Want to improve your cognitive health and do something revolutionary at the same time? Read.
I admit it. I’m one of “those” people. You know, one of those people who stays up too late reading. Truthfully, I used to read a lot more because I suffered from insomnia for years. Suffering from insomnia is one of the loneliest things in the world, and reading comforted and distracted me during my sleepless episodes. Maybe the cognitive benefits I got from all that reading will counteract the negative impacts all that sleeplessness has had on my health over the years.
I read because it’s fun, but also because it’s educational. Every time I read, I learn something or at the very least think about something differently. Reading boosts my vocabulary and improves my critical thinking skills. Also, as someone who enjoys writing, I learn a lot about writing from reading. What could be a better way to improve your writing than by seeing how your favorite authors write firsthand?
I read because it emits emotional responses. Sometimes I get angry after reading a news article and very often, things I read make me laugh. Often aloud to myself. Reading may soothe my feelings of loneliness. Or it might bring them up. Speaking of which, some therapists are recommending bibliotherapy as a way to ease depression and anxiety.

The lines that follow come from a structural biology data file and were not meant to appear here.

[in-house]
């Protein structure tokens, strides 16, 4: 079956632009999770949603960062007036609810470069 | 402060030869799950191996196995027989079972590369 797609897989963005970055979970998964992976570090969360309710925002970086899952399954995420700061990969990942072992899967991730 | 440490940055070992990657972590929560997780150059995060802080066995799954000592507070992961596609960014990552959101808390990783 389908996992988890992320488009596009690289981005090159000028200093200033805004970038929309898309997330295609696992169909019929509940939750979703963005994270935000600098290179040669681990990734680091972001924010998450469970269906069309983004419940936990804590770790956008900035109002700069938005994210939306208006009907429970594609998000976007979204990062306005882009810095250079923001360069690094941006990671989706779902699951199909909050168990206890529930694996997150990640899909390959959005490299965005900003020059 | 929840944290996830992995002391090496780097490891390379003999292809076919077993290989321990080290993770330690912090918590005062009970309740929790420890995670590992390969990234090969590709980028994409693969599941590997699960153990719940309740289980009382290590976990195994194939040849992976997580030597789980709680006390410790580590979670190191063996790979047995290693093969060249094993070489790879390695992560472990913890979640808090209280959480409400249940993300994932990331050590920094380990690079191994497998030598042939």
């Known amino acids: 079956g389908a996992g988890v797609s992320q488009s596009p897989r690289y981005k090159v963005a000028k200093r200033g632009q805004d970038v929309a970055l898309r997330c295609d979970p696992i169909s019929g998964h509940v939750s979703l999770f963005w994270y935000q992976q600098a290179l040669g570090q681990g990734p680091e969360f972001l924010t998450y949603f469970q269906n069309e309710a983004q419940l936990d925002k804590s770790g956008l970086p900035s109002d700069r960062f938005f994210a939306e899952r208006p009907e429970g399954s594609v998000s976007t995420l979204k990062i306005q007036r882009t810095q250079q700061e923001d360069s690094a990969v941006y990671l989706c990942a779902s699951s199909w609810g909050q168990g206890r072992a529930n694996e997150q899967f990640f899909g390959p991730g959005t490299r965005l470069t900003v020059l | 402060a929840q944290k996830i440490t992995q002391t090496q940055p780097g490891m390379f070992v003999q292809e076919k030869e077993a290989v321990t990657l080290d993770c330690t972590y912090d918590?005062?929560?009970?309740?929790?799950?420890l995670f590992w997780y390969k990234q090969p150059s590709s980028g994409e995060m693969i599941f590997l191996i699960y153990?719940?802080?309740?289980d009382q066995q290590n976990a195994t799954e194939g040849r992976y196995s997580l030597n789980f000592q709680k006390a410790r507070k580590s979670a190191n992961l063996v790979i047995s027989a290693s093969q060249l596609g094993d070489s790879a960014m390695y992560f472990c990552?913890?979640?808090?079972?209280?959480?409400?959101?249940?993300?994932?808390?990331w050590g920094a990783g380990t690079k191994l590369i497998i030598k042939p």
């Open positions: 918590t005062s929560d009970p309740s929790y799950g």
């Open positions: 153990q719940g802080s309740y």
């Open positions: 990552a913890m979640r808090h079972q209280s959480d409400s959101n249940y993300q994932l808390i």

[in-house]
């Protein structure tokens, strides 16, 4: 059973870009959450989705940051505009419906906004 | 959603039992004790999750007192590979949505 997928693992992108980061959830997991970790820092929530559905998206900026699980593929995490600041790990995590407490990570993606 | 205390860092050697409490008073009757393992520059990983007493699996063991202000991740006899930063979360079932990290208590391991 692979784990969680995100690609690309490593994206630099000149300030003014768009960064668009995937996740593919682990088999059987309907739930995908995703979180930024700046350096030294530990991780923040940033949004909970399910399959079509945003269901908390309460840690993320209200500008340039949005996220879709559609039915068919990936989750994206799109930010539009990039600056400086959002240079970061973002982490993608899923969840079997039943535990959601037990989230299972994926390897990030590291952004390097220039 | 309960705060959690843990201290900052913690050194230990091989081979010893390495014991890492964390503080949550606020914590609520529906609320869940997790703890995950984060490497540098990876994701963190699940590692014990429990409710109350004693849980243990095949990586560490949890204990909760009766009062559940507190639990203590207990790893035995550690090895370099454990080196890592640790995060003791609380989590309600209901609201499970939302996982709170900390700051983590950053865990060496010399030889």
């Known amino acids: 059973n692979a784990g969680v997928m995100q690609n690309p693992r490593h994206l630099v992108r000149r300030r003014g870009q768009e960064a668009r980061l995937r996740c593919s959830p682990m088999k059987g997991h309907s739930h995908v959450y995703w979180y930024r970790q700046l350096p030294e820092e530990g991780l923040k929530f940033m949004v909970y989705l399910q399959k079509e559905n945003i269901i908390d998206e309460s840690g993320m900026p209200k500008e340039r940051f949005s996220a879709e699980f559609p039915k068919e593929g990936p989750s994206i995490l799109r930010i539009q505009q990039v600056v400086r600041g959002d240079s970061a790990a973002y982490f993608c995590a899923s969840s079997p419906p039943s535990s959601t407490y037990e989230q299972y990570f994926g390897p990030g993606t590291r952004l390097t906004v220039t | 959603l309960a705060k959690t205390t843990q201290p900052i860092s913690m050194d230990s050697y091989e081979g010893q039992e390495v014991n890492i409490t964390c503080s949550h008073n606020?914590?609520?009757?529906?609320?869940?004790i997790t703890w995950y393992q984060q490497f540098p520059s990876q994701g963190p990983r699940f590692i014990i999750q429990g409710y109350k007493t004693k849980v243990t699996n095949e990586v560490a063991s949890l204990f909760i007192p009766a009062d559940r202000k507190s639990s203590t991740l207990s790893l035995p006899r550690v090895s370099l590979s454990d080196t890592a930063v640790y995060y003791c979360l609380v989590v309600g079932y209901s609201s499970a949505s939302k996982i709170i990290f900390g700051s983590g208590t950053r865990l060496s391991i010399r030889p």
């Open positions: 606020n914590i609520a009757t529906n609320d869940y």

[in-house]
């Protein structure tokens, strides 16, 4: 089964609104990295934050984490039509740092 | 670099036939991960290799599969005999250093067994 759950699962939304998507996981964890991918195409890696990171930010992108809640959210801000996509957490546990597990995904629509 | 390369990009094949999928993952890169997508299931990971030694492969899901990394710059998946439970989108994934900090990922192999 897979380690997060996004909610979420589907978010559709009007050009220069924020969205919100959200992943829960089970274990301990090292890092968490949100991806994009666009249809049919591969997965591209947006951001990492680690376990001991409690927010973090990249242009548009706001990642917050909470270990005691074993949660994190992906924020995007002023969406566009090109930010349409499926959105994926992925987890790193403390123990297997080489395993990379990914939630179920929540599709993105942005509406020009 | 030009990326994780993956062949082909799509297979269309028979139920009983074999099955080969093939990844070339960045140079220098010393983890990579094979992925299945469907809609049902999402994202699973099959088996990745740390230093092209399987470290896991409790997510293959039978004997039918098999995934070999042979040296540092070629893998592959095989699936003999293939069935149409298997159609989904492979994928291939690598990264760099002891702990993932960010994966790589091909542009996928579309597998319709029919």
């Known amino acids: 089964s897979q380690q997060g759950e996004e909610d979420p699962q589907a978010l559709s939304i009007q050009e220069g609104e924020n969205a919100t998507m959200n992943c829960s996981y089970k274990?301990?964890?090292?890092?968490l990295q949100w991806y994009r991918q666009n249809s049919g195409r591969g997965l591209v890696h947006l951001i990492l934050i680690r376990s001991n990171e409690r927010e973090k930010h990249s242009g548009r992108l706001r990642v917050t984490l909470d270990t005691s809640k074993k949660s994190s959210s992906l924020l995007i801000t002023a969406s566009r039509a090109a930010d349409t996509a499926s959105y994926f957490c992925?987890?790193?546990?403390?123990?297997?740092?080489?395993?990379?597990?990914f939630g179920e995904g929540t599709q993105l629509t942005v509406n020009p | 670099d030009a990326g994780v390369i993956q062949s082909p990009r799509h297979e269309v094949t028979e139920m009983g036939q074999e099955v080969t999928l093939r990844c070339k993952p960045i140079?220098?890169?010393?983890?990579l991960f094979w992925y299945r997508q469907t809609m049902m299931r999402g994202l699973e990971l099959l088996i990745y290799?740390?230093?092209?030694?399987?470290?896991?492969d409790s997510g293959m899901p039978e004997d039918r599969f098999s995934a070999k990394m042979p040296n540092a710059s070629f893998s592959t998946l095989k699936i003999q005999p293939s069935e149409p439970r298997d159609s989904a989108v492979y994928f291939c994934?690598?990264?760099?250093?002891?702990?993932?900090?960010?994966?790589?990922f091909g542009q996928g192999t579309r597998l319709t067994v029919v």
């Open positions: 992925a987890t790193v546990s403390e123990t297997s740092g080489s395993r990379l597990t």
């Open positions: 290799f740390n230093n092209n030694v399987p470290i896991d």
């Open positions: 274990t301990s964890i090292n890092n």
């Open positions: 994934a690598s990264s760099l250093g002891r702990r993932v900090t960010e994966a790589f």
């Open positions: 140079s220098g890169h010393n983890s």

I read because I adore books. I’m a little obsessed with the bookmaking process actually — from crafting the content, to choosing the binding and typography and the painstaking act of setting each piece of type.
I like books because they are reminders of who — and where — I’ve been. Recently while unpacking my books that were in storage for three years, I found this treasure from my days of typesetting.
I was instantly transported back to 1998 when I made it. I remembered the smell of ink, the roar and clank of the printing press and the feeling of my hand rolling the ink onto the type. I remember spending lots of time deciding which typeface to use. I thought about how long people have been making things to read, for their right to be heard and fighting for their right to read.
There is a long (ongoing) history in the world of censorship and a history of preventing groups of people from reading. So next time you want to be a rebel, read a banned or challenged book and pass it along to someone who hasn’t read it either. If you’re looking to do something more active than reading, you could help someone learn to read or get involved in the fight for keeping the freedom to read. No one should be read the riot act for reading.
A sampling of my favorite groups, websites or social media channels promoting random acts of reading:
- American Booksellers
- Book Riot
- Electric Literature
- Little Free Library
- Literary Interest
- Paris Review
- Women’s Prison Book Project
- World Book Night
Why do you love reading? What’s your favorite banned or challenged book?
Heidi Wachter is the Community Engagement Specialist for Experience Life.